April 18 2014 Latest news:
by Tim Lamden
Wednesday, December 18, 2013
One of David Cameron’s key policy-makers has told an audience in Hampstead that the prime minister’s inner circle operates with the “smoothness of a Rolls Royce” in comparison with the administration under Gordon Brown.
Conservative MP Oliver Letwin, minister for government policy in the Cabinet, gave a rare behind-the-scenes glimpse of the workings of government during a visit to Hampstead and Kilburn Conservatives’ HQ in Heath Hurst Road last Thursday.
The Hampstead-born politician hit back at criticism of No. 10 in an opinion piece in The Times written by John McTernan, a former adviser to Tony Blair and Mr Brown, who described the current No. 10 machine as the “worst in living memory”.
In retort, Mr Letwin said: “Clearly he [Mr McTernan] had been in some other country or maybe some other continent during the time of Mr Brown’s tenure as prime minister.
“The machine now runs with the smoothness of a Rolls Royce compared to what it was during Brown’s term.”
Mr Letwin, a former pupil at The Hall school in Crossfield Road, Hampstead, then recounted an infamous incident which occurred in the wake of the 2010 general election as he and Liberal Democrat Danny Alexander began to draft a coalition agreement.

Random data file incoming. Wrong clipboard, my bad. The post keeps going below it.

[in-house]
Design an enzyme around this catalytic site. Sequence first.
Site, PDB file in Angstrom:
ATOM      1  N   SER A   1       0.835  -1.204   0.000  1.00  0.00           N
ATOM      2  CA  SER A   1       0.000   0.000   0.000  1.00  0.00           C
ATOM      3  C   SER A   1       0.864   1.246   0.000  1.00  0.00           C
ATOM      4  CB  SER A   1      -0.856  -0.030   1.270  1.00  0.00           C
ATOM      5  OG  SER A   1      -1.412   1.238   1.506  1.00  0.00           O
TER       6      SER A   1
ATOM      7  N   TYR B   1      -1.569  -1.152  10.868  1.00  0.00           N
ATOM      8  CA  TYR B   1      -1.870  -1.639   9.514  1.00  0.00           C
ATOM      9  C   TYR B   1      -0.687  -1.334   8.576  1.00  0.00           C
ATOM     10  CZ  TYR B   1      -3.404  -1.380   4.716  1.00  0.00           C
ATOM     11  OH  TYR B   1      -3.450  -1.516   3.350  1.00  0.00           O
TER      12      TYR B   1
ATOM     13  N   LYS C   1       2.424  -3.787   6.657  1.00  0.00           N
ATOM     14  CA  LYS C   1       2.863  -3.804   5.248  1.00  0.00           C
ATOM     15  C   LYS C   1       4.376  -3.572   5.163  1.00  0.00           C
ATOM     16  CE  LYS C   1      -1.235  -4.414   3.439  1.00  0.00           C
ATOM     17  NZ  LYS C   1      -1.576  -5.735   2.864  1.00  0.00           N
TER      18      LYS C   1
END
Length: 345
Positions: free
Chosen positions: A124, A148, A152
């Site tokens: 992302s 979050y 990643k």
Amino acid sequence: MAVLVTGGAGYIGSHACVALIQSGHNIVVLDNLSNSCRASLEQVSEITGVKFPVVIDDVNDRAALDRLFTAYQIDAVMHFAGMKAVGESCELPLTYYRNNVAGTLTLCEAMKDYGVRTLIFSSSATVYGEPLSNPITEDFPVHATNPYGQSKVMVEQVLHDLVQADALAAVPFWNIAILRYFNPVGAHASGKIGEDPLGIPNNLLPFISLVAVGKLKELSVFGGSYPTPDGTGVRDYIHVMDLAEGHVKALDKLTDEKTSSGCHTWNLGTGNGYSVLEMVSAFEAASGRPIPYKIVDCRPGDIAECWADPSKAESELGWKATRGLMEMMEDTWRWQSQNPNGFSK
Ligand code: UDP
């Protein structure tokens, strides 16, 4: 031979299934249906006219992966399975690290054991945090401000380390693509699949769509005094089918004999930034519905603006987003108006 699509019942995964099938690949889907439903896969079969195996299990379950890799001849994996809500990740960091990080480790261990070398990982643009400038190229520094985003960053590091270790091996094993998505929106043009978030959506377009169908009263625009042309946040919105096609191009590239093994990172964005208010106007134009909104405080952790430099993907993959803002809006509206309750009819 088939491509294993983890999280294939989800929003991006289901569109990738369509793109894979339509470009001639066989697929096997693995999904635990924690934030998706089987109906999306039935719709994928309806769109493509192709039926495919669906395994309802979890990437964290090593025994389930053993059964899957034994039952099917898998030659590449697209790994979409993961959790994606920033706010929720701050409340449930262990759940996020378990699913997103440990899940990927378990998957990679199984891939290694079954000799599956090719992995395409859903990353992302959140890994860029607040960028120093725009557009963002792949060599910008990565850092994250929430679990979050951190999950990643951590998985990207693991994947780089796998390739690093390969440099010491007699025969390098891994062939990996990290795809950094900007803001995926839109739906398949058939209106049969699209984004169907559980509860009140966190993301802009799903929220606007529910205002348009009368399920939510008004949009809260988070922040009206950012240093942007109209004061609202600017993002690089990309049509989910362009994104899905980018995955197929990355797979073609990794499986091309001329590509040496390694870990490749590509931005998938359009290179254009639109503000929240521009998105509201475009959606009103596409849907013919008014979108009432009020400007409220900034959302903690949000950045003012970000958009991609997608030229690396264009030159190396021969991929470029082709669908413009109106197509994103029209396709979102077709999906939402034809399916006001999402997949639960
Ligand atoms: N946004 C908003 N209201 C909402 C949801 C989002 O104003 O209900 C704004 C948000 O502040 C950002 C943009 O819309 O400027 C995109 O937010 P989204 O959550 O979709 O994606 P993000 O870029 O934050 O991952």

He said: “Danny Alexander and I moved into part of No. 12 Downing Street, which Brown had turned into his horseshoe-shaped centre of command, behind which there was a little room called the snug, which looked out over Whitehall.
“There was a little mahogany table [where] we sat down to begin work with some civil servants... As we worked through the night, I became more and more interested in the fact that this rather beautifully laminated table had a very large number of tiny pock marks on it and I said to the cabinet secretary, ‘What are these?’
“And he roared with laughter and said, ‘Oh this was Mr Brown’s snug and he had his pen and he’d get very angry and he’d go like this [mimicking downward stabbing motions].’
“That was the smooth running of the machine of the previous occupant.”